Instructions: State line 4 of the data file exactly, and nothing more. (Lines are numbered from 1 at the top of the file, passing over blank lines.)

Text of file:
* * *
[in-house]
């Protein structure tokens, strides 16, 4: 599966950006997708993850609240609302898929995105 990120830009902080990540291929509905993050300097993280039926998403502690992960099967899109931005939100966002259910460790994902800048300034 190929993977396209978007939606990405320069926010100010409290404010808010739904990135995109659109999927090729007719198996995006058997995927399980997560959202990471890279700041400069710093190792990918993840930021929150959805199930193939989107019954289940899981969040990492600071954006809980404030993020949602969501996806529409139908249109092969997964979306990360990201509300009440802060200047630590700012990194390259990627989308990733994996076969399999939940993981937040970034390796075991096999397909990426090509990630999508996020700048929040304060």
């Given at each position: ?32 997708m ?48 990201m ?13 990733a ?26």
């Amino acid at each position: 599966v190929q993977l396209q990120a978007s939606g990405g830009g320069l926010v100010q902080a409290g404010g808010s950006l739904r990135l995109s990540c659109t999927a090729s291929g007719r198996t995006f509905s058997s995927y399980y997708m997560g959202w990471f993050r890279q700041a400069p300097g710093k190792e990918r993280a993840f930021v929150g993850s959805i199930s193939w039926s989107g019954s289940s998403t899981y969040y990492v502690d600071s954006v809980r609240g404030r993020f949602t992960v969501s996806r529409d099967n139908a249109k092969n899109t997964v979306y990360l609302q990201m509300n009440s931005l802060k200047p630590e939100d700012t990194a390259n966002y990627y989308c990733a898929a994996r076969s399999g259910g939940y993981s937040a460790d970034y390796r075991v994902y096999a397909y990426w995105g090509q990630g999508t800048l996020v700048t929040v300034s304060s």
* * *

């Amino acid at each position: 599966v190929q993977l396209q990120a978007s939606g990405g830009g320069l926010v100010q902080a409290g404010g808010s950006l739904r990135l995109s990540c659109t999927a090729s291929g007719r198996t995006f509905s058997s995927y399980y997708m997560g959202w990471f993050r890279q700041a400069p300097g710093k190792e990918r993280a993840f930021v929150g993850s959805i199930s193939w039926s989107g019954s289940s998403t899981y969040y990492v502690d600071s954006v809980r609240g404030r993020f949602t992960v969501s996806r529409d099967n139908a249109k092969n899109t997964v979306y990360l609302q990201m509300n009440s931005l802060k200047p630590e939100d700012t990194a390259n966002y990627y989308c990733a898929a994996r076969s399999g259910g939940y993981s937040a460790d970034y390796r075991v994902y096999a397909y990426w995105g090509q990630g999508t800048l996020v700048t929040v300034s304060s």